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City of St. Pete bans big gatherings, orders restaurants to cut occupancy in half

Margie Manning



Mayor Rick Kriseman speaking from the city's emergency operations center, activated early Monday

The city of St. Petersburg is taking what Mayor Rick Kriseman calls unprecedented steps to contain the spread of Covid-19 coronavirus.

Acting under the authority of an emergency ordinance approved by the City Council last week, the mayor outlined several mandates Monday afternoon, including a ban on all gatherings of more than 50 people in both public and private locations. Those events include festivals, parades, concerts, sporting events, parties, weddings and similar assemblies, and the ban is effective immediately.

“We will enforce this. We will disperse crowds. We ask that you don’t force us to do this and waste precious resources,” he said.

Starting Tuesday at noon, the city is reducing the occupancy for all restaurants, cafes, bars, movie theaters, gyms, fitness centers, bowling alleys and the Cross Bay Ferry by 50 percent. A new last call for alcohol in St. Pete will be 9 p.m. until further notice.

“Should enforcement prove an issue, or circumstances necessitate it, I will move swiftly and order a complete closure. Late night revelry in this city will simply not be allowed. Business owners who violate this will be cited. Your liquor license at risk if you defy this directive,” Kriseman said, adding the directive is until further notice.

He also encouraged people to use common sense when visiting waterfront parks, Boyd Hill Nature Preserve, Sunken Gardens and golf courses. “While we are not closing these places, please create and maintain space. Do this for your health and the health of others,” Kriseman said.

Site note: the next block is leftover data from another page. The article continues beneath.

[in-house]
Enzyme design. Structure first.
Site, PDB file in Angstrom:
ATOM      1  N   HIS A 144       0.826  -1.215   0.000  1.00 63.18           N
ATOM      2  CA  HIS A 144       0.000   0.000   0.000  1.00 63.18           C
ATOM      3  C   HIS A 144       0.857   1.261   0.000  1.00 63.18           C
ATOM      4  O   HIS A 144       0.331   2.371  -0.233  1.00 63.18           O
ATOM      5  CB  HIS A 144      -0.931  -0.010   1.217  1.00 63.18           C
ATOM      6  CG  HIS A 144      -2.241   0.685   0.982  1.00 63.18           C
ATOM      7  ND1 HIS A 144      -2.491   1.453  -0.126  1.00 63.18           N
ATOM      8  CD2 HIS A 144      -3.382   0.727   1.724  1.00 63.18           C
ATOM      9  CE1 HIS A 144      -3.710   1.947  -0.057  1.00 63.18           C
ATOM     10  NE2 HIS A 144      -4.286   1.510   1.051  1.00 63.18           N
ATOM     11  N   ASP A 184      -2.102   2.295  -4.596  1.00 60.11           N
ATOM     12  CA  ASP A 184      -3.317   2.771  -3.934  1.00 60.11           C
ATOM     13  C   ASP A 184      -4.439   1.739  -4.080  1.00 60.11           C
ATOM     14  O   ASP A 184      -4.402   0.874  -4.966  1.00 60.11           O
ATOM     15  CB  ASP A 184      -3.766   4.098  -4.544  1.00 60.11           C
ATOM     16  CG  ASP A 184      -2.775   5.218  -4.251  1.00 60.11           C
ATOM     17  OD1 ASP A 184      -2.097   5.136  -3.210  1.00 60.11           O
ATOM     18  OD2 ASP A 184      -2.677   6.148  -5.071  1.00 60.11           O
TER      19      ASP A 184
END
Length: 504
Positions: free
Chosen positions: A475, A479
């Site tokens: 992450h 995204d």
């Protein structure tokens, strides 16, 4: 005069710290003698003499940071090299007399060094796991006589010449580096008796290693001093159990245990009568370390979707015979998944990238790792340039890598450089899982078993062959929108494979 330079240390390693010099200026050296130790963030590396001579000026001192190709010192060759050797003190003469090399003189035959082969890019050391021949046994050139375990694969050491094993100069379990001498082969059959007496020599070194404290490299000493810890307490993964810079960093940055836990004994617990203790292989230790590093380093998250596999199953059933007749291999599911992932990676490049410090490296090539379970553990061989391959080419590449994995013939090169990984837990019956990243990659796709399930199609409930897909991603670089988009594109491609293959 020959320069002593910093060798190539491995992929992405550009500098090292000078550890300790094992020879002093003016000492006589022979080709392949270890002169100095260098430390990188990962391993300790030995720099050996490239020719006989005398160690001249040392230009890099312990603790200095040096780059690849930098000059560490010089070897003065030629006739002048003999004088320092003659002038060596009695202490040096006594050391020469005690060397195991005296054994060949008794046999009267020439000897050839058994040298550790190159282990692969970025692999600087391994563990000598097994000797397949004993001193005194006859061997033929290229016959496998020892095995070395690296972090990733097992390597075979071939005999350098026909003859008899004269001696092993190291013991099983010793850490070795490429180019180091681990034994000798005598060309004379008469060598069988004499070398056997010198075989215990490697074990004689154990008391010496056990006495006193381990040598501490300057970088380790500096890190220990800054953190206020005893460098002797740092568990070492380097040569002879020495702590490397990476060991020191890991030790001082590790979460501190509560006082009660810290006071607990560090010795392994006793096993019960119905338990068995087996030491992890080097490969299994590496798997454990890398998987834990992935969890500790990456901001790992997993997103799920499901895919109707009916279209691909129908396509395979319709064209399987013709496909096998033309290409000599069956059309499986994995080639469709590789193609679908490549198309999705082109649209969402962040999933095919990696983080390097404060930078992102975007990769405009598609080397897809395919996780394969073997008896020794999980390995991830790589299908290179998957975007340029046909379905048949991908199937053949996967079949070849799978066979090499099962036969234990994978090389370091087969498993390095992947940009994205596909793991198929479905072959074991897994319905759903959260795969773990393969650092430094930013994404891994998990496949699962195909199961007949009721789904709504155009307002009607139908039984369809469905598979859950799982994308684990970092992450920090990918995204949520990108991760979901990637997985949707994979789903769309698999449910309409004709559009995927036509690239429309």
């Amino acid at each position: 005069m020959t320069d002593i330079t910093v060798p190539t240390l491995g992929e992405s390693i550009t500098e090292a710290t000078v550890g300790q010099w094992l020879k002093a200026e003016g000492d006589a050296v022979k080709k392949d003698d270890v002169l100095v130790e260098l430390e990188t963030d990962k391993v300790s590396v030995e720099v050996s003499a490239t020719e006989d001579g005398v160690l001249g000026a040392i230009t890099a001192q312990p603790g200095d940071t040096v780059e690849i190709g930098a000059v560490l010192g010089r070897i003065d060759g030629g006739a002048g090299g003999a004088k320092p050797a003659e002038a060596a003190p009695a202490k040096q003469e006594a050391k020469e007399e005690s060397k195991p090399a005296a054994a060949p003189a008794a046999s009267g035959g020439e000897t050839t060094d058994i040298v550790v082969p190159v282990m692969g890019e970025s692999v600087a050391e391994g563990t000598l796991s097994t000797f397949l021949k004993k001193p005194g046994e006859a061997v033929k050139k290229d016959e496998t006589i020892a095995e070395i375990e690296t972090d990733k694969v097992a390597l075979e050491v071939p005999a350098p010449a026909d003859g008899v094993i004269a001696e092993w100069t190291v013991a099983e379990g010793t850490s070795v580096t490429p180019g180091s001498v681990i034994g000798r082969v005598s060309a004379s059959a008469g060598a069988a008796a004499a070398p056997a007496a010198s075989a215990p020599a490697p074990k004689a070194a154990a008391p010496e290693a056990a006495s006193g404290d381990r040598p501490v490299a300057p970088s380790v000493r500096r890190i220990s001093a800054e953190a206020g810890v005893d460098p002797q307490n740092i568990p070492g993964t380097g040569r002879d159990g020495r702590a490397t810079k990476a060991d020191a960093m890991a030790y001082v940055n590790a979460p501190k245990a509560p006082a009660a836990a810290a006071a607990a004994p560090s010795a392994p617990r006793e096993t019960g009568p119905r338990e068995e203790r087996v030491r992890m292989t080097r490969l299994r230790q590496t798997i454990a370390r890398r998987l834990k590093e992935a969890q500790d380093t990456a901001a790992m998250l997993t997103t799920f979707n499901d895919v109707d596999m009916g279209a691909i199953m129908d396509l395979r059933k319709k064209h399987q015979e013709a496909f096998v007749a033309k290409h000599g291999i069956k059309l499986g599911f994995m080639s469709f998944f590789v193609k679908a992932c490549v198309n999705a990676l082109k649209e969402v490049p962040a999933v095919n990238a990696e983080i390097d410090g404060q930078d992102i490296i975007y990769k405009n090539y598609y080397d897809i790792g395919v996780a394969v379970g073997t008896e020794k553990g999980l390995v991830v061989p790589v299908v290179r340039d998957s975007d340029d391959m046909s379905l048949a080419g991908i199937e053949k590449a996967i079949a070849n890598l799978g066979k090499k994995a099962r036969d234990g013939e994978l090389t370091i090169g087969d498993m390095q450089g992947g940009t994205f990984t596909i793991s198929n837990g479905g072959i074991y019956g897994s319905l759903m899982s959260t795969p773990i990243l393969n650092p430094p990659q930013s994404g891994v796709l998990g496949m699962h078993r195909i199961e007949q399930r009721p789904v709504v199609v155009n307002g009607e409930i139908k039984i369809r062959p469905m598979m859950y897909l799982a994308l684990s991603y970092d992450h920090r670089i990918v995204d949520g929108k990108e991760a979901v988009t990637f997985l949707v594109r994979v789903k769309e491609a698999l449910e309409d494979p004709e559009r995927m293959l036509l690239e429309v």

Libraries, recreation centers, the Enoch Davis Center and the Sunshine Center are closed to the public until further notice. Outdoor playgrounds and exercise zones will receive considerable attention from city teams to ensure cleanliness.

City Council meetings are canceled until April 9, pending further review. Other public meetings, such as boards and committees, are canceled until further notice.

Kriseman also said the city would amend its telecommuting policy to allow more city residents to work from home, and he encouraged other businesses in the city to do the same for their workforces. He also asked residents to take advantage of the city’s online platforms such as and the SeeClickFix platform. The city is not currently shutting off delinquent water accounts in order to ensure proper hygiene, but said water payments should continue, and it is preferred that accounts be paid online or via telephone.

“Our only hope to minimize the potentially devastating impacts of this illness on our health, way of life and economy is to accept the current state of disruption and coordinate in a way that works to truly contain it through social distancing,” Kriseman said. “This is a time to act as a community in the best interest of every person who calls it home, and the most vulnerable among us will be our biggest beneficiary.”

Click here for the city’s webpage with additional coronavirus updates.

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